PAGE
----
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A comforting thought: The bleach routine is NOT so important. Why not?

"There has never been a reported case of a BCG infection transmitted from a patient receiving BCG bladder cancer therapy to another person." - University of Iowa researchers.

Cancer patients have too many real worries. I'd suggest you skip worrying about bleach, etc. [unless it makes you feel better, because at least you're doing SOMETHING other than just drinking and urinating]. There have been posts on this site from caregivers who nag their cancer-patient spouses to wash-down and sterilize the bathroom before anyone else can use it. Others have worn only white after BCG instillations and then tried to take their underwear to toxic-waste disposal sites. [They were frustrated when the sites wouldn't accept it.]

The quote above is from the first FAQ of a very informative and well-footnoted article from the University of Iowa Urologic Oncology Dept. Here's the link:

http://www.uihealthcare.com/depts/med/urology/research/bladdercancer/bcgint erferonalphastudy.pdf

You might want to start with the FAQ on page 13. [By the way, this article, written for bladder-cancer treatment professionals more than for patients, is one of the most informative I have found on this site. Check it out.]

BCG must be a lot safer than generally implied by postings here on the BCAN site. [This view is also supported by the use of BCG on hundreds of millions [!] of children and infants worldwide since the 1920's as a TB vaccination.]

So, why don't the BCG instructions change to drop the bleaching routine?
My theory is that, in this litigious society, mere logic or research is not going to prompt a drug company to drop a once-recommended procedure: Some ambulance-chaser lawyer would find a patient who didn't bleach and whose family member happened to get a flu. He'd sue the BCG manufacturer to collect damages for negligent instructions and aim to settle out of court, without resolving the issue.

"What's the harm" in bleaching? Probably not much, if you've got time to spare. Bleach is cheap. But please don't make the patient feel guilty that he might be threatening his family's health.

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I was told that the BCG is the protein not the live virus. In any event I void into a container (one used for bed ridden patients) and I pour the bleach into it let stand a little then pour it into the bowl. I do that for the first four or five times. I was my penus and hands thourouly. Doc said that the procedure I use was OK, so far nine treatments, hope I got it right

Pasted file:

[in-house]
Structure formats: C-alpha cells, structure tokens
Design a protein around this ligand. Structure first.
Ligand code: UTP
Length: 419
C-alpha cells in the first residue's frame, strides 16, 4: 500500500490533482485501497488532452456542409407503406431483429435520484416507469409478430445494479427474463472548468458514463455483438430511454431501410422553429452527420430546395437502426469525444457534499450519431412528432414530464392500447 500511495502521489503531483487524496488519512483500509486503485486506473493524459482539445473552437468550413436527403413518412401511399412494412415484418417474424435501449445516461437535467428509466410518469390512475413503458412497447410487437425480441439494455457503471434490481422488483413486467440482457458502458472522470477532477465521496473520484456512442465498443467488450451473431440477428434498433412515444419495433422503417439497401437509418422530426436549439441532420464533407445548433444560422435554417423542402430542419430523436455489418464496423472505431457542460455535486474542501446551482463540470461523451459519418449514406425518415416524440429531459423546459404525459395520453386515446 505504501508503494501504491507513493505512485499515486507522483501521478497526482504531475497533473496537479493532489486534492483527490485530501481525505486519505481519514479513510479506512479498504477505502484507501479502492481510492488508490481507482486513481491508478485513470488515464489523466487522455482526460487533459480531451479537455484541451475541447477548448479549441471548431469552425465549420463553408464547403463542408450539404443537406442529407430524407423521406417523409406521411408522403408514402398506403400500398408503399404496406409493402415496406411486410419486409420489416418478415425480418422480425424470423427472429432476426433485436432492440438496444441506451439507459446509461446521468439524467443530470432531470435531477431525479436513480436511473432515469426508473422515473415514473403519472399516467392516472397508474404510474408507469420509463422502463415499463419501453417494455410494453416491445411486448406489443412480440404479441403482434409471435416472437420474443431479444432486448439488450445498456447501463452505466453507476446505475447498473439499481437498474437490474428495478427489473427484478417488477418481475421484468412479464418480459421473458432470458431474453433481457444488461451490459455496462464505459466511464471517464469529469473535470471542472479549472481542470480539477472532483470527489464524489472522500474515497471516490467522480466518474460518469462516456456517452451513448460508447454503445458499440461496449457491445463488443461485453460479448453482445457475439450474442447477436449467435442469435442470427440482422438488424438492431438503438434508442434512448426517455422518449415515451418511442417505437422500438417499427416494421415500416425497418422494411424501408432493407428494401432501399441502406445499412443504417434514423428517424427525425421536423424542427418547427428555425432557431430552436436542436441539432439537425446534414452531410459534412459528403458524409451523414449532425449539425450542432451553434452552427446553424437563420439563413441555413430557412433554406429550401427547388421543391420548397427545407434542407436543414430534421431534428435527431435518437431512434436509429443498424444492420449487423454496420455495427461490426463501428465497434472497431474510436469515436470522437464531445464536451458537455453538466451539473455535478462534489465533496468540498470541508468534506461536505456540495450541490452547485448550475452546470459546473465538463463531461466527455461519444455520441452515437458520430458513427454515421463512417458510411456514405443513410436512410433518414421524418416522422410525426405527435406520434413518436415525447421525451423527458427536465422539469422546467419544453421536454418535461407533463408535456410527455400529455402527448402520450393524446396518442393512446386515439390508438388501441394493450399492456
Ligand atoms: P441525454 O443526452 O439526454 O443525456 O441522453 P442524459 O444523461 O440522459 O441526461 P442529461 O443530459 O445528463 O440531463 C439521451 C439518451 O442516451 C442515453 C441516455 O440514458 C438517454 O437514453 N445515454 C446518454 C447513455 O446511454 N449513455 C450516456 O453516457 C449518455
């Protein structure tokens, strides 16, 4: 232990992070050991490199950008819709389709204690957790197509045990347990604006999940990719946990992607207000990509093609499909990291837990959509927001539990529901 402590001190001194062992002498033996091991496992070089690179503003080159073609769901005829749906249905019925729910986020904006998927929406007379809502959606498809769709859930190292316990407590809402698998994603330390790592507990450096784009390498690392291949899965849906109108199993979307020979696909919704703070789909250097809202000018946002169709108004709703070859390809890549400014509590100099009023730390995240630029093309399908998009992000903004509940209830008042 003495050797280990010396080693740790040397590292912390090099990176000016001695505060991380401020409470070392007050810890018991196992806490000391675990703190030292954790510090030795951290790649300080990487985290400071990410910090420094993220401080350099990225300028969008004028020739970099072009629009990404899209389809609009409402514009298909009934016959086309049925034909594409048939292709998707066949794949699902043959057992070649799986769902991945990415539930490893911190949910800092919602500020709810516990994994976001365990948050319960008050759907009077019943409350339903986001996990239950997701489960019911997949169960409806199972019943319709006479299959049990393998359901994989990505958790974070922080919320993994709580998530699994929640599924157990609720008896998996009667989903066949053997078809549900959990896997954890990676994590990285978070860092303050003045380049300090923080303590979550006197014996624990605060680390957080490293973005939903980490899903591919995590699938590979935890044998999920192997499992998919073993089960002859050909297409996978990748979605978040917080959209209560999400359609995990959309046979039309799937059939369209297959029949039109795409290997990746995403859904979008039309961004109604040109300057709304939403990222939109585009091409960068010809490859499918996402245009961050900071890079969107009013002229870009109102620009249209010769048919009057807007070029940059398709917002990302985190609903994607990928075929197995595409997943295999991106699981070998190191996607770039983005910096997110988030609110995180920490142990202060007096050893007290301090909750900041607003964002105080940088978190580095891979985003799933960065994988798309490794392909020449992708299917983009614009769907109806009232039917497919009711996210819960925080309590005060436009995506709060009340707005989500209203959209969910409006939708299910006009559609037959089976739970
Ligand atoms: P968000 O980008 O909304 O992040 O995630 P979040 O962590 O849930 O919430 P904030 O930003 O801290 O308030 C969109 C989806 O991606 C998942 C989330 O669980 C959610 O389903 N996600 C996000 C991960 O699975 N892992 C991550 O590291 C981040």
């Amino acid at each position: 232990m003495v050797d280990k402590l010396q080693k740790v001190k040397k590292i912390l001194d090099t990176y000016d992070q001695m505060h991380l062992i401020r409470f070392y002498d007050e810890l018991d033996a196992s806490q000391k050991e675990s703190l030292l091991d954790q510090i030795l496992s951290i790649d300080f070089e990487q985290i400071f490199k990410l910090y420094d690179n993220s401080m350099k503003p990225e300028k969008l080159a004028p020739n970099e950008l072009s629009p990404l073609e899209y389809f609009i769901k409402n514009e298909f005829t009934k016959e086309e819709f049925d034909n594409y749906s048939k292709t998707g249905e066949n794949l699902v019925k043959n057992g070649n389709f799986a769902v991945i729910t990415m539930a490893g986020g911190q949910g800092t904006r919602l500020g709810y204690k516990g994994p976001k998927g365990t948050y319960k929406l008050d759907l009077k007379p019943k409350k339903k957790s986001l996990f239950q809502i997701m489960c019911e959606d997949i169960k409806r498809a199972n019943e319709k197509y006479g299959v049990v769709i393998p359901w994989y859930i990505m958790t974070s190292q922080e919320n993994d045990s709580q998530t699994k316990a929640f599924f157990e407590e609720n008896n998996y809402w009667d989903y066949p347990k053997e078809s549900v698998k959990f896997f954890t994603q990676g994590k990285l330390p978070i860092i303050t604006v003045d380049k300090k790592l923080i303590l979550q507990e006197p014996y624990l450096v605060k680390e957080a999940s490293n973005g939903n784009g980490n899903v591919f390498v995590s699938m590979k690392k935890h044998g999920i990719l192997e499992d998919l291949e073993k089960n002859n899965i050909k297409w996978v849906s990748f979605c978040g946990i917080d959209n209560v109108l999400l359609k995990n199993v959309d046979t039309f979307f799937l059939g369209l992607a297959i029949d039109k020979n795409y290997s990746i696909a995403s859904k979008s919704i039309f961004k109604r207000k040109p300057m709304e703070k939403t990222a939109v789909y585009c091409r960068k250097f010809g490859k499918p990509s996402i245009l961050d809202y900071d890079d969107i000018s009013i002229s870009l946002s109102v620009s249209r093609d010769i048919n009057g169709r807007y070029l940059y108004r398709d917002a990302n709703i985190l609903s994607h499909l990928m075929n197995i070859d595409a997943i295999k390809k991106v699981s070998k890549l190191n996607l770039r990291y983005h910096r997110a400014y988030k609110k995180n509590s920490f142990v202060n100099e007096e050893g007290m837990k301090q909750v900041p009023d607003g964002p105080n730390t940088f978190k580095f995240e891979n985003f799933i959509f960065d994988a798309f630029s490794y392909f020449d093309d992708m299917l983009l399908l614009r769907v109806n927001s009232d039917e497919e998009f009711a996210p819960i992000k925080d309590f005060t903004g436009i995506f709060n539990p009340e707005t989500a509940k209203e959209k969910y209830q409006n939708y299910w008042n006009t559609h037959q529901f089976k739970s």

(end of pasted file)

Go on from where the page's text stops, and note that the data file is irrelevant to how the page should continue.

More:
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crescenter: I could not get the link to work that you provided

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Another try for that U. of Iowa link:

http://www.uihealthcare.com/depts/med/urology/research/bladdercancer/bcgint erferonalphastudy.pdf

it opens as a pdf, so you need adobe on your computer. You can try pasting it into your browser. This one just worked for me.

It is written for medical staff who mix and administer BCG, but, as a patient, I learned a lot from it.

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This second link worked. Thanks, very helpful. With 11 treatments under my belt (pun intended), I thought I was pretty knowledgeable, but I learned even more from this article, and now I have more questions for my visit this Friday after reading it. Thanks again.

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It happens to be a very well written article with something for everyone in the BCG loop. Since I am highly reactive to BCG and could cause me great physical damage again, I am leaning toward pure interferon for maintenace. Having had BCG , BCG w/interferon, higly concentrated mitomyicn its a wonder I can pee at all. Sometimes I use Gelnique3% cream, but it has some side effects. If I use it for a week straight I can move form holding 3oz of urine to 7oz. There was a time when I though 7oz was really small, now I feel like I could drink beer holding that much. But I have learned to get a long with 3oz and a camouflage cup in my car.